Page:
We plotted RAC BP during the SWT and VMT in regions showing significant changes (Fig. 4). RAC BP decreased during the SWT compared with the VMT in the dorsal caudate in controls but not in patients with PD. In contrast, RAC BP decreased in the ACC in both groups. This visual impression was supported by a statistical evaluation since RM-ANOVA demonstrated an interaction between the groups and tasks in the dorsal caudate (df = 1, F = 24.69, P < 0.001) but not in the ACC (df = 1, F = 0.07, P = 0.79).

Fig. 4

The values of 11C-raclopride binding potential during the spatial working memory task (SWT) and the visuomotor control task (VMT) in the right dorsal caudate and the right anterior cingulate cortex (ACC). Error bars indicate standard error of mean.

The present findings were obtained from seven controls and seven patients. It has been suggested that the price one pays for using a relatively small sample size of seven subjects in voxel-based SPM approach, when compared with larger sample sizes such as 33, is an increase in false negatives rather than false positives in H2 15O PET activation studies (Andreasen et al., 1996). The false negatives mainly occur in regions that have a smaller Z score and so fail to reach the statistical threshold for significance. Accordingly, one might argue that in our study the RAC reduction seen in the dorsal caudate of PD patients during visual searching was falsely judged to be non-significant at the current threshold. However, we feel this is unlikely as the average RAC BP in the dorsal caudate in PD patients did not decrease during the SWT (Fig. 4).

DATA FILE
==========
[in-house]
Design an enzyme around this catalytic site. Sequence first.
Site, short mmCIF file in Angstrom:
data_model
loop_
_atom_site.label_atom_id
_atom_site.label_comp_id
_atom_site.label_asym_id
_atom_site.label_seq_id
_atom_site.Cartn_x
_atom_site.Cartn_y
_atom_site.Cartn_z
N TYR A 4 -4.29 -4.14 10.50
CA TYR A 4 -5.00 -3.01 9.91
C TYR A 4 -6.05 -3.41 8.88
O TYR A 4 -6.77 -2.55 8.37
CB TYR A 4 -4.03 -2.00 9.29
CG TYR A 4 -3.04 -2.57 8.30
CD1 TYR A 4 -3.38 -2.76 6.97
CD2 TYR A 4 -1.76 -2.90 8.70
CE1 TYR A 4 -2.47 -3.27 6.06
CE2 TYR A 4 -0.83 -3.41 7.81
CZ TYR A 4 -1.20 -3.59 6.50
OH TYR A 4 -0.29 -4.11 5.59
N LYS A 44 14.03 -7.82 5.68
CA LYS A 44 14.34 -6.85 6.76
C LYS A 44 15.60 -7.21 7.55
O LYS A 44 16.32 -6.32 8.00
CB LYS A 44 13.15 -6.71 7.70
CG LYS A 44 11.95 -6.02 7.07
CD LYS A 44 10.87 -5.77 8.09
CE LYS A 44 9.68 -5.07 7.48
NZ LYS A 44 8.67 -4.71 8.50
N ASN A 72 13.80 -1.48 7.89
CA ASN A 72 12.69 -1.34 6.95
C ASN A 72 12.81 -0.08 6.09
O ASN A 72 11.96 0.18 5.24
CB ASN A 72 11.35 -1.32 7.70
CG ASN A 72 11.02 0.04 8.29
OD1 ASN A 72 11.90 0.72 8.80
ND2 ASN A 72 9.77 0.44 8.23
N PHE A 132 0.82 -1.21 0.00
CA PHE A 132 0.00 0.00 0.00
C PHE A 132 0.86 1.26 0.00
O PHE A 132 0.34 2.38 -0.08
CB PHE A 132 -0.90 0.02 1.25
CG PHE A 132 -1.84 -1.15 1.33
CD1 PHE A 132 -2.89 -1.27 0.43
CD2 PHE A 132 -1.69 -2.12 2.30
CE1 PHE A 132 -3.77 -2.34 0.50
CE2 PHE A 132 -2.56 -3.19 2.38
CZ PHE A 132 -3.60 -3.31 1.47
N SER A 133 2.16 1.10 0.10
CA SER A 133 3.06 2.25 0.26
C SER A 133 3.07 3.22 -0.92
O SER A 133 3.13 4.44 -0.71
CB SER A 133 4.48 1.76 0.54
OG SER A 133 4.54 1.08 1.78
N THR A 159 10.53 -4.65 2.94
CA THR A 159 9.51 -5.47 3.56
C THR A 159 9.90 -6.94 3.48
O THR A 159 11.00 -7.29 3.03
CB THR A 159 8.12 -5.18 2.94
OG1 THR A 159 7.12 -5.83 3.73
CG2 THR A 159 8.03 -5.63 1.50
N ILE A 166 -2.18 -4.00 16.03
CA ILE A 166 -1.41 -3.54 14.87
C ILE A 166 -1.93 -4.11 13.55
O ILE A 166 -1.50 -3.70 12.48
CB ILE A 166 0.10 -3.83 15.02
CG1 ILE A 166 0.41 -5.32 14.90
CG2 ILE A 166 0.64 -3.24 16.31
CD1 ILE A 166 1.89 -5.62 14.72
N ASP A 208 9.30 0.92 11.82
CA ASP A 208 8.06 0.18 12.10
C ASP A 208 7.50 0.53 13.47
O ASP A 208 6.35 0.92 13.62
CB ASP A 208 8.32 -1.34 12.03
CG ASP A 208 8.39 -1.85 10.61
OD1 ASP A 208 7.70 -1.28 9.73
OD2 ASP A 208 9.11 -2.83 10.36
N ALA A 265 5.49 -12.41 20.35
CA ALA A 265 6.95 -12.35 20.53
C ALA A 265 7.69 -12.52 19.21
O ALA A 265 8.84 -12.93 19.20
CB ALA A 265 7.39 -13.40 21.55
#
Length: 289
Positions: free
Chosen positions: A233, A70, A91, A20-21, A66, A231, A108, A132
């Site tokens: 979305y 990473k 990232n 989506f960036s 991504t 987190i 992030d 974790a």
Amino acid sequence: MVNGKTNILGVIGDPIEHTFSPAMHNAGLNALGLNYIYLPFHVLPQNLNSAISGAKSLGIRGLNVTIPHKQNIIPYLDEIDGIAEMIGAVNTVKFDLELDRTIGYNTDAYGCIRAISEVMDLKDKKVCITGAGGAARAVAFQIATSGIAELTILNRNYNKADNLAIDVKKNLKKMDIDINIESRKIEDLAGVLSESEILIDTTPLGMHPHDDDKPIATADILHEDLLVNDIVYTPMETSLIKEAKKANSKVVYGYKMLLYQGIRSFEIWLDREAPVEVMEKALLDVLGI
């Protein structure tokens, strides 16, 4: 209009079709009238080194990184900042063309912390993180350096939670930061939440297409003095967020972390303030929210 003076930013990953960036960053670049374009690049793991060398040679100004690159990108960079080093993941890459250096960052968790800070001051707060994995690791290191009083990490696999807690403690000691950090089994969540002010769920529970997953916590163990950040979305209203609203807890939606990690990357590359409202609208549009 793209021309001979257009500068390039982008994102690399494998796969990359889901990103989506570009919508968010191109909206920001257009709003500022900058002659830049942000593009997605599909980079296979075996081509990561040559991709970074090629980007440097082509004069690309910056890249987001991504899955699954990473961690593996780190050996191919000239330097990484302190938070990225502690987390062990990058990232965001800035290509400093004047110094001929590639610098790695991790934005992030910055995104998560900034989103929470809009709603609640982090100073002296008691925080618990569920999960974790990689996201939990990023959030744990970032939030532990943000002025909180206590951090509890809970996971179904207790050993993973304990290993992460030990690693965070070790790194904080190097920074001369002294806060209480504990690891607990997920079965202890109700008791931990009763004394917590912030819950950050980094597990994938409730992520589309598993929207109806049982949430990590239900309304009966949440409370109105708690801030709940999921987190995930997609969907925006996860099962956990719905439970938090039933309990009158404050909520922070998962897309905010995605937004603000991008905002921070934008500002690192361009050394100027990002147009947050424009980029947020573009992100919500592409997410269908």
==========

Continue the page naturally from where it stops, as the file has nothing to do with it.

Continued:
The ROI analysis identified BP decreases during the SWT compared with VMT not only in the right dorsal caudate but also in the right ventral striatum and dorsal putamen in controls (Table 2). However, the voxel-based approach judged neither the ventral striatum nor dorsal putamen to be statistically significant. The failure to localise statistically significant changes in these regions with the voxel based approach might be attributable to more stringent statistical threshold than the ROI analysis or the low power provided by the small number of participants. The contribution of those areas, therefore, should be investigated in future studies.

Discussion